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What's more likely to influence a divorce, money or employment?

Financial strain is commonly blamed for unsuccessful marriages, but is the data really there to back up that claim? One researcher suspected that there was likely more to it than that and set out to understand the sociological influences for the average divorce. The findings might not fall in line with what some Pennsylvania couples believe to be true.

The study focused on couples' working lives, including how the housework is handled and each spouse's employment status. Once these factors were distinctly separated from finances, the researchers reviewed each data set to determine which had a bigger influence on divorce, and they discovered finances were hardly the driving factor. As it turns out, a husband's employment status has far greater influence than a couple's respective income.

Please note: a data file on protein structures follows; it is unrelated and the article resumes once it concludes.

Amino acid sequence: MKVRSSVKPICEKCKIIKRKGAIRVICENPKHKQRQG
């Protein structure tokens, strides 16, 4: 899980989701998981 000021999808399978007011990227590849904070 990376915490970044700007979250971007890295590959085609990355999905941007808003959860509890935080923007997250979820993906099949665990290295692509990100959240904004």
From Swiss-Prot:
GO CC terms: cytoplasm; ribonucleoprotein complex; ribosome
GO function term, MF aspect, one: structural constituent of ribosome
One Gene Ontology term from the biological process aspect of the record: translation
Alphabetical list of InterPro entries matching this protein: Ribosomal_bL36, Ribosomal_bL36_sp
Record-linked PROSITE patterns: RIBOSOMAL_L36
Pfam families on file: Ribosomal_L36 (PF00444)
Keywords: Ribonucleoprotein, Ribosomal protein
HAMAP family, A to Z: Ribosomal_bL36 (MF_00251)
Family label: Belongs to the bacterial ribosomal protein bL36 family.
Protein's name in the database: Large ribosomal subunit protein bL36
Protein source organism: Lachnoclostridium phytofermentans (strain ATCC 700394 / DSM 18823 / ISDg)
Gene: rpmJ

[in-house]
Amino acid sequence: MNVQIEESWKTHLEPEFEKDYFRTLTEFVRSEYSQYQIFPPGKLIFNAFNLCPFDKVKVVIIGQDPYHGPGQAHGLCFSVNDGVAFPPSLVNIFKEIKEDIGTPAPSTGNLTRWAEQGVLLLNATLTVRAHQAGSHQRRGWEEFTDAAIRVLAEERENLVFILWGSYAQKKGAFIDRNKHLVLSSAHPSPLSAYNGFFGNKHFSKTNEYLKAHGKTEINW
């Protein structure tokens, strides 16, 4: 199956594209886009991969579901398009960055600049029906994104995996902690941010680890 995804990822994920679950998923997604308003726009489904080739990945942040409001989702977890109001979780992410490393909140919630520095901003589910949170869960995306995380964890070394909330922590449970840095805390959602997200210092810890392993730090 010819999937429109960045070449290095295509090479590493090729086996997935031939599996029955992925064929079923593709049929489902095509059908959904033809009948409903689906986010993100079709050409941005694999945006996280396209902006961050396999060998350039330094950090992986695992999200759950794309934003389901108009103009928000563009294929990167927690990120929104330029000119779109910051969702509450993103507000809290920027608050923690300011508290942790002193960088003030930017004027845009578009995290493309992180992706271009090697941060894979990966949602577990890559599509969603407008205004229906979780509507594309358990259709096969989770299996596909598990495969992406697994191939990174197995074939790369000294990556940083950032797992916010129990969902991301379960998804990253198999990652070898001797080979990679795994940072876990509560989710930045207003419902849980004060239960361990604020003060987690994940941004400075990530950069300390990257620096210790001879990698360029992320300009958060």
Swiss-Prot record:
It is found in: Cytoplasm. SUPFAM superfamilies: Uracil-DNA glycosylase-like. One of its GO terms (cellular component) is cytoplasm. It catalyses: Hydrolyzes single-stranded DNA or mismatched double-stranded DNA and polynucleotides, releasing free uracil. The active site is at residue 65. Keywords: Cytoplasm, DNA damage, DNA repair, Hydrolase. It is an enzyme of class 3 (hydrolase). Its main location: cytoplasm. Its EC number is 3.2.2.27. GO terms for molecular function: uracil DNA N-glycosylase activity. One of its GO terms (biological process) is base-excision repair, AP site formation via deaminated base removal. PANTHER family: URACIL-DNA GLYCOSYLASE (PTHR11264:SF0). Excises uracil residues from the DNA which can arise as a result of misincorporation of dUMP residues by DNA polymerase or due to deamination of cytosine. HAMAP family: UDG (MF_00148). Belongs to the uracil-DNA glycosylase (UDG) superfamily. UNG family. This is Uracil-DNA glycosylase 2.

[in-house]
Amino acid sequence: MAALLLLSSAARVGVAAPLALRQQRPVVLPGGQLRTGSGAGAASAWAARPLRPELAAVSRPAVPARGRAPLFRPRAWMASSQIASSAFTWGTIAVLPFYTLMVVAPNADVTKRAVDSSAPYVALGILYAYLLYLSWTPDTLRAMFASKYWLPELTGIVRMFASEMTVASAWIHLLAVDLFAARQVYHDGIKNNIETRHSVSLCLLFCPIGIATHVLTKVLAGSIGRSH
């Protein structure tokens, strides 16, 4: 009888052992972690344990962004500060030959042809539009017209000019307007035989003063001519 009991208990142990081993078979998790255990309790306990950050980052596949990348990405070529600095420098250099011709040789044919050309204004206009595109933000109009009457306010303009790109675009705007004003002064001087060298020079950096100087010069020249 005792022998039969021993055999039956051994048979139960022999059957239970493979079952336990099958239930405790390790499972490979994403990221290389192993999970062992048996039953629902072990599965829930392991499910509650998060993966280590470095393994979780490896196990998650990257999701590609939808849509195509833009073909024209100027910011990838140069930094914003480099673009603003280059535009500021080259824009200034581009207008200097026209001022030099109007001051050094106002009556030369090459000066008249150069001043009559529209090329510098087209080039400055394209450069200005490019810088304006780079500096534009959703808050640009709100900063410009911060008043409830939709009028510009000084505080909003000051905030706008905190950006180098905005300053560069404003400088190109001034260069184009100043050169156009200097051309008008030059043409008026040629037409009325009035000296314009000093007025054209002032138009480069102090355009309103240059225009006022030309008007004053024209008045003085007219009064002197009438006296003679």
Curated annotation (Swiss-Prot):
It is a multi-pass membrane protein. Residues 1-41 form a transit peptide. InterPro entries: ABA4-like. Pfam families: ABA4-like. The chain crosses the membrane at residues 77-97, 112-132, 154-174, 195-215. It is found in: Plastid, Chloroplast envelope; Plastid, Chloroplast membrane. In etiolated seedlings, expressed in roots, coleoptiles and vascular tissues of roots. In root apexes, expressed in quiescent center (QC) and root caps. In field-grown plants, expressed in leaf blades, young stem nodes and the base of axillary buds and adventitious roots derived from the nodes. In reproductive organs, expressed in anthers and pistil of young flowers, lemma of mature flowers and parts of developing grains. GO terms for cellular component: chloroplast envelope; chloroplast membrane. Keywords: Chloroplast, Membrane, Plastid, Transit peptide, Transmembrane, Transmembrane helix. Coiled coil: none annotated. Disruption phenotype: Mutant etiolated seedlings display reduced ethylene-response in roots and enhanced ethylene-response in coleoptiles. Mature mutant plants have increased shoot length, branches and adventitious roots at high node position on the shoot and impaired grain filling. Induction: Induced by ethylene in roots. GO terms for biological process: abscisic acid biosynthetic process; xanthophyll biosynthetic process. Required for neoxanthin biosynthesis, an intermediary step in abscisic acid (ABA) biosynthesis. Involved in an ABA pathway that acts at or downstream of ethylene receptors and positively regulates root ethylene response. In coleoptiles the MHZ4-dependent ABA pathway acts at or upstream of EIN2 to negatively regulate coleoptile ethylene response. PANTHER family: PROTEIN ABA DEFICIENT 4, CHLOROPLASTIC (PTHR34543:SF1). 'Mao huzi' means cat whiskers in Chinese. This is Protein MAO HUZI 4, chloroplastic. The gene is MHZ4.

Husbands who have a full-time job have a 2.5 percent chance of getting divorced during a given year, whereas men who do not have any type of full-time employment face a 3.3 percent divorce chance. The study excluded husbands who voluntarily stayed home with children, suggesting that involuntary unemployment is a much larger burden for couples. The same effect was not seen when wives' employment statuses were reviewed, and whether employed full time, part time or not at all, it did not appear to have any correlation to divorce rates.

Understanding some of the complex reasons behind divorce can help Pennsylvania couples remove the emotional aspect of the process from the other issues that must be addressed. Property division, child custody and spousal support are all emotionally charged issues as is, and remaining focused on the goal rather than the reason for divorce can be helpful. Staying focused typically allows couples to address important issues through mutual negotiations or mediation with an impartial third party.

Source: Bloomberg, "Don't Blame Divorce on Money. Ask: Did the Husband Have a Job?", Ben Steverman, July 27, 2016

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